|Date||20 Dec 2007|
The municipalities of Tinglayan, Lubuagan and Pasil in Kalinga, Northern Philippines are being targeted for geothermal exploration and geothermal energy production. The proposed site will cover 26,147 hectares and will affect 27 barangays comprising 10 ancestral domains (NCIP, 2006).
Two of these communities, Chananaw and Tulgao, are seeking assistance for a mapping and inventory of resources within their territories. Mapping the area and a systematic inventory of community resources will provide the people with useful information so that they know exactly what is at stake when making decisions about the proposed geothermal plant and other future modernization projects that might be introduced in the area. The proposed site for the drilling operations in Tinglayan covers 400 hectares of communal forests and is located directly above the people’s swidden farms, rice fields and settlement areas. These communal forests have been conserved and protected over time since they provide the vital water resources to sustain rice production and other subsistence livelihood activities of the local communities.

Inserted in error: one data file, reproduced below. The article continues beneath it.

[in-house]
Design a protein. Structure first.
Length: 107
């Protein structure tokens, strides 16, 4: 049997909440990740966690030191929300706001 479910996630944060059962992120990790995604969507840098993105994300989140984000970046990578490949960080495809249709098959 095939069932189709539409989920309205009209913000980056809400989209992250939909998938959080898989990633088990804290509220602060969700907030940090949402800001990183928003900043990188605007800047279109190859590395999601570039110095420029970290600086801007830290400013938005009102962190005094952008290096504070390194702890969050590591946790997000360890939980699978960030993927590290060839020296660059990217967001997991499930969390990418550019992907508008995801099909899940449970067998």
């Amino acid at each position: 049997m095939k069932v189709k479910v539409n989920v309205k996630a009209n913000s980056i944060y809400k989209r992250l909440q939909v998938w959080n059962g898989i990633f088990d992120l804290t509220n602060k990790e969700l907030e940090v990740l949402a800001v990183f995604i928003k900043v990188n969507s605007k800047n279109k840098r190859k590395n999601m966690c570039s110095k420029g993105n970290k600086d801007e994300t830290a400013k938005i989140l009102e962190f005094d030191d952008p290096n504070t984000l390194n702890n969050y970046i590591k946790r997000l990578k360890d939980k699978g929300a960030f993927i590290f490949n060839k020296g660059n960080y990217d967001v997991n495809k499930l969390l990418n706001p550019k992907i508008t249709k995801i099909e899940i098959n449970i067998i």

With documented information in their hands, it is assumed that the communities can better negotiate and reach decisions in relation to proposed projects that are favorable to local welfare. The strategic objective of this project therefore is to enhance people’s governance capacities over critical natural resources. The participatory methodologies of this project will increase local capacity for research as local people adjust to new ways, e.g. the free prior and informed consent (FPIC) process under the Indigenous Peoples Rights Act, of protecting their resources.
At the outset, a group of locally-identified community members will be involved in mapping and database creation with the aid of GIS tools. Copies of the data base will eventually be stationed in the municipalities of Chananaw and Tulgao and the information is expected to be used for decision making on future development projects. The local government is expected to continue updating the database for its use and the communities at large.
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